Compared to the baseline period, Phase 2 (2006-10) shows an even more dramatic intensification of traffic through Hudson Strait, with clear travel routes to communities in Ungava Bay and along the east coast of mainland Nunavut (Fig. 4C). There was also a clear increase in traffic through the southern route of the Northwest Passage and around the west coast of Prince of Wales Island that had not occurred earlier in the period of record, as well as a rebound of coastal traffic along the eastern coast of Baffin Island. At the same time, further declines in traffic were observed in and around Baffin Bay and also around Resolute and Nanisivik (Fig. 4C).
Relative to the baseline period, vessel traffic in Phase 3 (2011-15), displayed a significant intensification through Hudson Strait towards Baker Lake that was possibly due to increasing traffic associated with the opening of the Meadowbank Gold mine north of Baker Lake in 2010 (Fig. 4D). There was also an increase in traffic along the eastern coast of Baffin Island, greater than that seen in Phase 2. Finally, there continues to be a clear increase in traffic through the southern route of the Northwest Passage that is attributable to overall traffic but also to increases in tourism activity (i.e., passenger vessels and pleasure craft) (Fig. 4D).
There are marked variations in spatial distribution by vessel type. The most concentrated vessel type is fishing vessels, which are currently restricted almost entirely to southeastern Baffin Island (Fig. 5). This pattern likely reflects the commercial fisheries present in locations such as Iqaluit and Pangnirtung, combined with the fact that most fishing vessels are not ice-strengthened, which restricts their activities to waters with the lowest sea ice concentrations. Fishing activity was higher during the baseline period, with a distribution similar to the present one, compared to Phases 1 and 2, when fishing activity was low and highly concentrated along the southeast coast of Baffin Bay. Fishing is now taking place farther north than ever before and expanding into Lancaster Sound and as far west as Resolute and Little Cornwallis Island. Fishing vessel traffic has also been notably more intense in recent years in the eastern part of Hudson Strait and the southern area of Baffin Island.
Bulk carriers are also limited spatially, and are found primarily along the Arctic Bridge route to Churchill and to the mines along the southern edge of Hudson Strait (e.g., Deception Bay). There have only been two transits of the Northwest Passage (southern route) by a bulk carrier, which occurred in 2013 (Nordic Orion) and in 2014 (MV Nunavik). Considering their supportive role in moving cargo, tugs and barges are also limited to more southerly areas, particularly around Hudson Strait and James Bay, as well as the region around the head of the Mackenzie River.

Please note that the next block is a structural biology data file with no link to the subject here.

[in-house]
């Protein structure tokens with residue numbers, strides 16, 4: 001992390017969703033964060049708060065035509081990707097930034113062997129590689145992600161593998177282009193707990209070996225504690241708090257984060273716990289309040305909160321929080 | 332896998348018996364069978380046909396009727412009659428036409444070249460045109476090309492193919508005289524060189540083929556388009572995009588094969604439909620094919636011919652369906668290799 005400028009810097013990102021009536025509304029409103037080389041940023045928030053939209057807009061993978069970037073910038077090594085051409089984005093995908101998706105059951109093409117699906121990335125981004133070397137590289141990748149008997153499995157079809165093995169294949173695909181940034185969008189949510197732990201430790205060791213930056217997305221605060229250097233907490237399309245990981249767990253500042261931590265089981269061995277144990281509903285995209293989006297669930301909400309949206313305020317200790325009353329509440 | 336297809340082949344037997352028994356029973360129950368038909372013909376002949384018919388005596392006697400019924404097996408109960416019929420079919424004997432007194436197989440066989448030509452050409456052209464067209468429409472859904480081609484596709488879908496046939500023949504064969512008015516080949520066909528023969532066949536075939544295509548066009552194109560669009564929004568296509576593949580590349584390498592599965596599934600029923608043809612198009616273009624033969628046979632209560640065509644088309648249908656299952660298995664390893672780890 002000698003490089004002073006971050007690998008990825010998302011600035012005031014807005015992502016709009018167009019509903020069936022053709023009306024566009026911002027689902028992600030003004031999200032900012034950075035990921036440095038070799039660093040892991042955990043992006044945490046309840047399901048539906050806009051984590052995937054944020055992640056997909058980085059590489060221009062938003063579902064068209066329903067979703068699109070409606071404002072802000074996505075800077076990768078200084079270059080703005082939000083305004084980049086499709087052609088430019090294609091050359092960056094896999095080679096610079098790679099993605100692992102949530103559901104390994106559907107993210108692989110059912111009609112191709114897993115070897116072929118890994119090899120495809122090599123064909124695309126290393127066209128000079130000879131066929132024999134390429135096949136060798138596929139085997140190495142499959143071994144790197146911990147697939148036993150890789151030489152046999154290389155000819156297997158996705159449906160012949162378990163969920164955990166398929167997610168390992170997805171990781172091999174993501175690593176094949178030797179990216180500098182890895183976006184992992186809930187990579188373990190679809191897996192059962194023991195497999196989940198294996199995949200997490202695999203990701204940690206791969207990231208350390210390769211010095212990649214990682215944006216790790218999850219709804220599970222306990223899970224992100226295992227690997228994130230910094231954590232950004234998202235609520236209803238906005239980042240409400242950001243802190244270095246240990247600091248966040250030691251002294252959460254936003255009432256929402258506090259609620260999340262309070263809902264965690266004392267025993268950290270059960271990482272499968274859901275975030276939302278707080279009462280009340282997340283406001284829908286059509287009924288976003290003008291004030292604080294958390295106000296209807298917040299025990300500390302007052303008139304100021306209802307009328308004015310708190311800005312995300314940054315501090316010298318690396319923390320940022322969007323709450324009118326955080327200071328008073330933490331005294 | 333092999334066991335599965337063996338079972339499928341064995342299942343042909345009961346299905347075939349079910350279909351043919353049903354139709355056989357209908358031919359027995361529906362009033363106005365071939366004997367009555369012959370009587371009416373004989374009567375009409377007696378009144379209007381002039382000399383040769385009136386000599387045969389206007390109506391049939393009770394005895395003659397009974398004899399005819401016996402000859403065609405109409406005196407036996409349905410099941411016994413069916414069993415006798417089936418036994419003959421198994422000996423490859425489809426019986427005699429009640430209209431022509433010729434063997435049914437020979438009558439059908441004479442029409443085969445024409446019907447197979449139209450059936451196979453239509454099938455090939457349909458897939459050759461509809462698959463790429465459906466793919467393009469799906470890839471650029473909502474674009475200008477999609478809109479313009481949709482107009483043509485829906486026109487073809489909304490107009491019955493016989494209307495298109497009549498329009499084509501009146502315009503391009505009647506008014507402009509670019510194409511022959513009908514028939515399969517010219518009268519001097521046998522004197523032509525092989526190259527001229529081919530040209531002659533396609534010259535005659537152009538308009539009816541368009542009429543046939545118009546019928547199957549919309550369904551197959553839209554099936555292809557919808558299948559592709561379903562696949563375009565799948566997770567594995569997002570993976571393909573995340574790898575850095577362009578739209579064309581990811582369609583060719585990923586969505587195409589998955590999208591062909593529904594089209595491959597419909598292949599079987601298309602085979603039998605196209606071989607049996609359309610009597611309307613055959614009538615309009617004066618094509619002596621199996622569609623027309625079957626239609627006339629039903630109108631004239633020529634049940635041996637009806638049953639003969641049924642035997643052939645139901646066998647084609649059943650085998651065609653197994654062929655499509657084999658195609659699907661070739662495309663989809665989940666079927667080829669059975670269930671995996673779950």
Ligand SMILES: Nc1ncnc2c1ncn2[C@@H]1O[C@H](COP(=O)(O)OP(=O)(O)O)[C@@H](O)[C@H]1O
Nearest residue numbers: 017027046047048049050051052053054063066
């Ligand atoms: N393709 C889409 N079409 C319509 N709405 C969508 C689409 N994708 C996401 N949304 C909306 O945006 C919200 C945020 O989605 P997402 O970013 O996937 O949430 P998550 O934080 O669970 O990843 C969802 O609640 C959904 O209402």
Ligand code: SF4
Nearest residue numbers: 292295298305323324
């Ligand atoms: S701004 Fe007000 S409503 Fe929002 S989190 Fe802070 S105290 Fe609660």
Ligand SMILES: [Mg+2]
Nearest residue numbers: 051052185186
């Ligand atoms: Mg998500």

Most other vessel types are found throughout the Canadian Arctic, albeit with the strongest concentrations in more southerly waters. For example, the patterns for general cargo and tanker ships are very similar, being closely related to the locations of communities and reflecting their annual resupply routes. The vessel type with the greatest spatial variability is government vessels and icebreakers, which were found throughout the study area, including areas such as the northern Northwest Passage where few to no other ship types are found because of the severe sea ice conditions present there.
Passenger ships and pleasure craft are unique in displaying little activity in Hudson Strait and Hudson Bay and much more activity in more northerly areas, such as along the eastern side of Baffin Island and the southern route of the Northwest Passage. This reflects the preferred destinations for expedition tourism and, for some, the prime locations for spotting wildlife (Dawson et al., 2014, 2016). Pleasure craft, in particular, is the vessel category that has changed the most dramatically in terms of kilometres traveled and spatial distribution and is by far the fastest growing vessel type currently operating in the region (Fig. 6). During the baseline period, the annual average distance traveled by pleasure craft was just 2590 km. This figure rose to 2836 km in Phase 1, then increased five-fold to 13 580 km by Phase 2 and reached a record 52 799 km in Phase 3. Pleasure craft are now highly concentrated throughout the Northwest Passage, in both the northern and southern routes (but with higher intensities in the south). They are also venturing farther north than ever before, and are forging new and unique routes along the western side of Baffin Island.